When asked where the craze of using chocolate in savoury dishes came from, he explained it originally generated out of Mexico and South America. “It is actually very common to use chocolate in savoury dishes over there…Though I think now that we have locally produced cocoa, more chefs will start to explore it in different dishes.”
Hill of Grace Restaurant in Adelaide, also dishes up chocolate in their main menu with a seared Paroo kangaroo with juniper and chocolate labneh. Across the seas, Hotel Chocolat’s Rabot 1745 in London dedicates their savoury dishes to chocolate with the menu ranging filled Yorkshire Pudding with white chocolate mash and marinated beef and white chocolate horseradish sandwich.
Owner of London’s Bocca di Lupo and Geluop, Jacob Kenedy also uses chocolate throughout his mains menu explaining: “Chocolate can be a great ingredient in savoury food, in particular with dark red meat, hare and duck but must be used with a balanced hand and sensitivity. Together with acid flavours, such as vinegar or tomato, and/or hot or aromatic spices, it can be revelatory.”
With the rise of restaurants using chocolate in their main courses, the question rises, is it going to remain a staple on dessert menus? But according to menus across the nation, chocolate desserts are going nowhere anytime soon – with it taking up majority of the lists.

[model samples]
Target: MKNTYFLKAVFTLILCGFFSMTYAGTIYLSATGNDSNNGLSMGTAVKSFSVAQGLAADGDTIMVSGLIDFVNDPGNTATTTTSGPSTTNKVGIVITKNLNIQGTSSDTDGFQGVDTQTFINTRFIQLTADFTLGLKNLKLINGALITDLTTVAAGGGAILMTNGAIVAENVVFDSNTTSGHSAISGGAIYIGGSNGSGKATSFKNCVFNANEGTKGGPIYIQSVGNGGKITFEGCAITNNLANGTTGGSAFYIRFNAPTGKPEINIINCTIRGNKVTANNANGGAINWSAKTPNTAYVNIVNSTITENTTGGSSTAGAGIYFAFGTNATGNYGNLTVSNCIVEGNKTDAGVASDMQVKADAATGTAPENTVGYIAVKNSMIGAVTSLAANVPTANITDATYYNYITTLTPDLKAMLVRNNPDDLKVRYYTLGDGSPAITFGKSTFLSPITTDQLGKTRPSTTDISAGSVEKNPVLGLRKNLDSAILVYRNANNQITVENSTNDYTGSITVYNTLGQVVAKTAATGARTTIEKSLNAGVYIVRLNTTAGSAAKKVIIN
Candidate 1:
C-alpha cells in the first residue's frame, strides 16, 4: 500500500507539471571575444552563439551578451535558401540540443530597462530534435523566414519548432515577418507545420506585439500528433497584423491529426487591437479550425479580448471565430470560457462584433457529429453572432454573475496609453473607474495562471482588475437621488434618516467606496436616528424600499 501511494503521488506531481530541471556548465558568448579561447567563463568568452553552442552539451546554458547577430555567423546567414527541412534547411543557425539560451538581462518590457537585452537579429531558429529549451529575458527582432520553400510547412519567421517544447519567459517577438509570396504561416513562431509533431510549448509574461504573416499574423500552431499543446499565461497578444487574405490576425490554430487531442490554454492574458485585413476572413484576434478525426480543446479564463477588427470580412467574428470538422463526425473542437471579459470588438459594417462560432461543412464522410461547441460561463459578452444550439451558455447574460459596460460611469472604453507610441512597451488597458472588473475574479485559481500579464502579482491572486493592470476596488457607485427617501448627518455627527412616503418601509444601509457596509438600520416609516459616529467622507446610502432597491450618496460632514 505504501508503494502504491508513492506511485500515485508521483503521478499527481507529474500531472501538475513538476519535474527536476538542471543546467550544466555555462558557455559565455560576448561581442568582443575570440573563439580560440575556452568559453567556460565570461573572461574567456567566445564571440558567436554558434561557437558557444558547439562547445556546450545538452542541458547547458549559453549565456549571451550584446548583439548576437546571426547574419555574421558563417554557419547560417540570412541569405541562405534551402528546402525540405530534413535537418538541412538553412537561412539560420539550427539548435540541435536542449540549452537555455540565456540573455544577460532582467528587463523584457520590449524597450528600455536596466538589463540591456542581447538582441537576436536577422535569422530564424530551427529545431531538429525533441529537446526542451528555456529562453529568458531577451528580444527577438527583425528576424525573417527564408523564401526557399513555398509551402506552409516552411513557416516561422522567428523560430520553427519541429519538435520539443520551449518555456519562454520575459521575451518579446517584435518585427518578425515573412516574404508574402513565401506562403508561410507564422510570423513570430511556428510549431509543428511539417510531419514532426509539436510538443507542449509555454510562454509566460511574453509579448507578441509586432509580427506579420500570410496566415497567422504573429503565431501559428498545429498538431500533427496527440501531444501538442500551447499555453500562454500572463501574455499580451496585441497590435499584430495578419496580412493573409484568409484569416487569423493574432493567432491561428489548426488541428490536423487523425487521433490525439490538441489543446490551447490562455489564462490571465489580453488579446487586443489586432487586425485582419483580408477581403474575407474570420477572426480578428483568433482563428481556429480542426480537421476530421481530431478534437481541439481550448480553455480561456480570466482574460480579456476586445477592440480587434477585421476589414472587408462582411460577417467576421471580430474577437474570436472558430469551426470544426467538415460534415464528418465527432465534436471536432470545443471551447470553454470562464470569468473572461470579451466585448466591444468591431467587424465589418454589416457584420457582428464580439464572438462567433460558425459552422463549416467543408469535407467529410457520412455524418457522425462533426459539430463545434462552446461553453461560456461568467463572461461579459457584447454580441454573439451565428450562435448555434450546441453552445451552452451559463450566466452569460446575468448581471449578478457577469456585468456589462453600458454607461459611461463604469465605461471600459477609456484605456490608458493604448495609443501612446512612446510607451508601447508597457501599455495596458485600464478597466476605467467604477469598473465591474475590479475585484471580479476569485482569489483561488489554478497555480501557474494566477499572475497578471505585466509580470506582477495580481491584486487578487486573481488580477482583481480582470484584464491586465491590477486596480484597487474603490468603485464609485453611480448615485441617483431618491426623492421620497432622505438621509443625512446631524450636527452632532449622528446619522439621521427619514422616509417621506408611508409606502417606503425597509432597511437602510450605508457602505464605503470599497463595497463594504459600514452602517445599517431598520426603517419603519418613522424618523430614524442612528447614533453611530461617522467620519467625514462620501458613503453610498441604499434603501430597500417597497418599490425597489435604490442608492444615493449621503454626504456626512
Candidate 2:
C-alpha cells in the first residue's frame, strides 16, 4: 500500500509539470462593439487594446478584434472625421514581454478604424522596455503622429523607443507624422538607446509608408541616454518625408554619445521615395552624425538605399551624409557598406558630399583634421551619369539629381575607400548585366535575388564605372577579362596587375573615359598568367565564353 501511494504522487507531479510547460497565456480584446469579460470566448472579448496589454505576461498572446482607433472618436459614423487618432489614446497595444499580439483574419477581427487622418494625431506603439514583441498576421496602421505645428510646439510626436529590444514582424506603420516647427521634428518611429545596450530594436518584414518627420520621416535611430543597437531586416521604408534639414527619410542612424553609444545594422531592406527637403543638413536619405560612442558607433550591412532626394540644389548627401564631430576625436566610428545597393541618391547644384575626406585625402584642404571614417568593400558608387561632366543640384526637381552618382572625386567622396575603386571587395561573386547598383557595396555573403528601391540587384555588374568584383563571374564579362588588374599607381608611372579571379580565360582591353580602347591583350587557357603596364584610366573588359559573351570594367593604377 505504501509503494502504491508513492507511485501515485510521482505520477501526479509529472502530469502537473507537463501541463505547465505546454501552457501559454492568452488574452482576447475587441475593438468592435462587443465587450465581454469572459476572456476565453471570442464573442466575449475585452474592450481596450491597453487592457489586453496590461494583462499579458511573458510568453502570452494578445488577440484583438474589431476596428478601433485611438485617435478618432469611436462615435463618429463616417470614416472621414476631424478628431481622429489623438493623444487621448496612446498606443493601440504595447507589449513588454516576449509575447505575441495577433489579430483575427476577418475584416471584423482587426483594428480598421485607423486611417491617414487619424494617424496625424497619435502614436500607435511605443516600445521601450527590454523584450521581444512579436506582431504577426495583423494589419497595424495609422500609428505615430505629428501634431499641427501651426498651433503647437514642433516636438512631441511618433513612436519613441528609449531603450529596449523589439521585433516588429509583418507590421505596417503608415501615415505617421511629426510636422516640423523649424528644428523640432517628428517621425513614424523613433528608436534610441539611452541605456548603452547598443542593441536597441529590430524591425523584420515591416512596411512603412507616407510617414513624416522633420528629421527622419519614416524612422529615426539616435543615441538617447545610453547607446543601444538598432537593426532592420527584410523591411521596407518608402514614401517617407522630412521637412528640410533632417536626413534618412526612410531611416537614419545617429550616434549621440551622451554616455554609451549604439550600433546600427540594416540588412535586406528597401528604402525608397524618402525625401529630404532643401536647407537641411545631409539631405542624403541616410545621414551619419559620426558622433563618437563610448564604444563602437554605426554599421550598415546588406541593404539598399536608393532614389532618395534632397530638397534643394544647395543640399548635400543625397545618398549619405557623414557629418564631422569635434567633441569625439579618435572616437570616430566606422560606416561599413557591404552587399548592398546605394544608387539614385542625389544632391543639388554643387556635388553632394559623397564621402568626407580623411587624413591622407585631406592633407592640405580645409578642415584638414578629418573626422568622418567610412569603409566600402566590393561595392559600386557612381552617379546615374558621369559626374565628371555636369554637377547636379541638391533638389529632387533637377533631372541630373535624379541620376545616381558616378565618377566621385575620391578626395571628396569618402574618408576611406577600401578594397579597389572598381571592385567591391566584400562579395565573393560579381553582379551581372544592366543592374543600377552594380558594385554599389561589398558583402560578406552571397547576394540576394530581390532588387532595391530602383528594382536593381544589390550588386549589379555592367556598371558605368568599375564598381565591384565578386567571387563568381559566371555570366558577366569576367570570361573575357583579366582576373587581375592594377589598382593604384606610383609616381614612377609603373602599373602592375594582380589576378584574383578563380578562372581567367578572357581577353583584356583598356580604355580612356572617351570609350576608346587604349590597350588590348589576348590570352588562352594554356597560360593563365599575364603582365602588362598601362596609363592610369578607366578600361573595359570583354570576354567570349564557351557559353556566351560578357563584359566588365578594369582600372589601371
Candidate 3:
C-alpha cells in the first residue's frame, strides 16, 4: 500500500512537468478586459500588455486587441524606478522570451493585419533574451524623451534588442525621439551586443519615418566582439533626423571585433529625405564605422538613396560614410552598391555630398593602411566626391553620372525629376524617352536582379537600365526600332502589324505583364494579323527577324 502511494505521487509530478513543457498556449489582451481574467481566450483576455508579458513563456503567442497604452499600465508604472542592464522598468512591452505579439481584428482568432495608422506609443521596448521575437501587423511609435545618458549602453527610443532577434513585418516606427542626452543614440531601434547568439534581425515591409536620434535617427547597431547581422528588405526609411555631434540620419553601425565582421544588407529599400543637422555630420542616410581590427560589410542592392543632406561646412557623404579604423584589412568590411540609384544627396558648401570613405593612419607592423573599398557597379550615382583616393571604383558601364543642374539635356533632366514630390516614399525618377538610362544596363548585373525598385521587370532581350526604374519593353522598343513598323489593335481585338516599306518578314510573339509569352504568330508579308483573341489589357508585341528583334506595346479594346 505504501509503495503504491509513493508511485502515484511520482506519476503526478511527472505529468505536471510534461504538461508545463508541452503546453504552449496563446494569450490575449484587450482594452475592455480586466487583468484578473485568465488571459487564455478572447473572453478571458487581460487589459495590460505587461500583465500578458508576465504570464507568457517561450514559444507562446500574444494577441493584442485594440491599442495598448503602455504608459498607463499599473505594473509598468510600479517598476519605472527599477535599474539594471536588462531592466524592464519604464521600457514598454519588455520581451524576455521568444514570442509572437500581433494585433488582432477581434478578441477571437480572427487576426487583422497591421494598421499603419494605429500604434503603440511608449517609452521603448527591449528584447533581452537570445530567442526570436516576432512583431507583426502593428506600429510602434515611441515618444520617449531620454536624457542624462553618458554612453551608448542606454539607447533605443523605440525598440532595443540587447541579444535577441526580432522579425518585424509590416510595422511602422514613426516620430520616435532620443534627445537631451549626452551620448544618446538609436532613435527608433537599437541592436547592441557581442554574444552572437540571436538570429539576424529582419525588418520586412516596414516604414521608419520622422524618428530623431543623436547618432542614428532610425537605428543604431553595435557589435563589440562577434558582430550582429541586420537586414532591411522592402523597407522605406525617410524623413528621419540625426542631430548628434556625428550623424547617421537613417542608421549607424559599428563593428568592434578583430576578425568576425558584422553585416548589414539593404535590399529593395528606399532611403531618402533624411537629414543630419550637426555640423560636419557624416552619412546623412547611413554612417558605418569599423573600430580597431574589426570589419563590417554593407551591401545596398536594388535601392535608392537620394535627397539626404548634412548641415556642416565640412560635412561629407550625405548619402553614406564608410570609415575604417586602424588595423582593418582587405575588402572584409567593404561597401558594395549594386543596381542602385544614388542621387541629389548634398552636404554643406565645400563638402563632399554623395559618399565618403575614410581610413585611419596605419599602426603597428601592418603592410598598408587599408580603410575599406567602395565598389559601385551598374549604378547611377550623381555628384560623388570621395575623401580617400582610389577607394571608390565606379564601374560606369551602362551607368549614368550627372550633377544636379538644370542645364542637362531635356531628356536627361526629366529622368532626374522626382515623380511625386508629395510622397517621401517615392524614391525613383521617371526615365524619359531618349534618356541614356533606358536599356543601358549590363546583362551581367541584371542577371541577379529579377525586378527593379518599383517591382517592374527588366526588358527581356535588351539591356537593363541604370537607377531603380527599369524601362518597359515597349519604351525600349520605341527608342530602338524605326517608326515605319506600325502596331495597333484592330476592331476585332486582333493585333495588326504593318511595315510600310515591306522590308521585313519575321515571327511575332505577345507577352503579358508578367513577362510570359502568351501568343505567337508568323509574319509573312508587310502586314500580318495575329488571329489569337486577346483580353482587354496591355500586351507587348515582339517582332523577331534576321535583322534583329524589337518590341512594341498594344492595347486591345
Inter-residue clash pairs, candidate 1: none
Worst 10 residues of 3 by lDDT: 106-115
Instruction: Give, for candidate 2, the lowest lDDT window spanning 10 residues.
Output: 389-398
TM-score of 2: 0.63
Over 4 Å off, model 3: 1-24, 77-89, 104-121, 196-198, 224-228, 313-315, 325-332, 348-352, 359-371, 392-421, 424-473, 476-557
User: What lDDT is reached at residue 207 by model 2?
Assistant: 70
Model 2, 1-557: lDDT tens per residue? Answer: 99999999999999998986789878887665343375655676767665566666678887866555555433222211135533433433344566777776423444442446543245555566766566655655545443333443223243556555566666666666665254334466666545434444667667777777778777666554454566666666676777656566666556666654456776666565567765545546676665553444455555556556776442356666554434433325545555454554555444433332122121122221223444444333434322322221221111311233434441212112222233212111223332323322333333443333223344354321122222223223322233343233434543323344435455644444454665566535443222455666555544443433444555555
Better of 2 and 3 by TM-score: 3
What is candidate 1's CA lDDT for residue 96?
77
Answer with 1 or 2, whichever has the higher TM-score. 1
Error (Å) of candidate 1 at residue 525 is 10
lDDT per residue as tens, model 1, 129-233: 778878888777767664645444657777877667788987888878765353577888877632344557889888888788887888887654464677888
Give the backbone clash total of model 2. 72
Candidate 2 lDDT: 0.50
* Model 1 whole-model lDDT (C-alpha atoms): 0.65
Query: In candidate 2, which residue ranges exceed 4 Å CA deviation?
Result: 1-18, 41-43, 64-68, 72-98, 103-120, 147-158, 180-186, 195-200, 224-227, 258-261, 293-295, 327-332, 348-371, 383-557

Chef director Craig Squire has explained while using chocolate in savoury dishes is becoming popular, chefs can’t go past a classic chocolate-influenced dessert. “Chocolate related desserts are still and always will be very popular with guest,” he told Goodman Fielder Food Service.
He added that many of his dishes on his dessert menu are based around chocolate, including one that has three different elements. “We have a dish that has a chocolate mousse that is set in a chocolate mould, then a chocolate dipped strawberry on a lemon mortal stick. It also has a salted caramel macadamia crumb, finished with a white chocolate and dry strawberry ice cream,” Craig revealed.
The chef and restaurant owner also explained that while he likes to experiment with his unique desserts, venues should never go past the classic chocolate desserts of a traditional brownie, mud cake or ice cream. While many people like to explore their tastebuds, there is also majority who like to stick to the classics and catering to them is just as important.
Melting chocolate sounds like it should be a simple task. Though, there are particular chocolates that melt best and techniques that can avoid the sugary white particles and blooming.
Compound chocolate has been verified as the best chocolate for basic melting, as well as baking and cooking, whereas couverture chocolate is best for tempering. Tempering is to bring chocolate to the working temperature (this varies depending on the type of chocolate – see below).
Tempering gives chocolates, especially dark chocolate, a shiny gloss. This step is essential as it helps the chocolate to contract and to unmould easily. Tempered chocolate has a good snap due to its good crystal structure created in the process.
To temper, the chocolate must be melted first. The ideal melting temperature of dark chocolate is 45 – 50 degrees Celsius. However, milk and white chocolate are very susceptible to overheating. Its melting temperature is 40 – 45 degrees Celsius.
So, while there is a range of variations of chocolate on the market, each has their unique flavour offerings and purposes. Experimenting and working with chocolate can take a dish to a whole new level, providing customers with a new and different dining experience, whether it is as a main or dessert.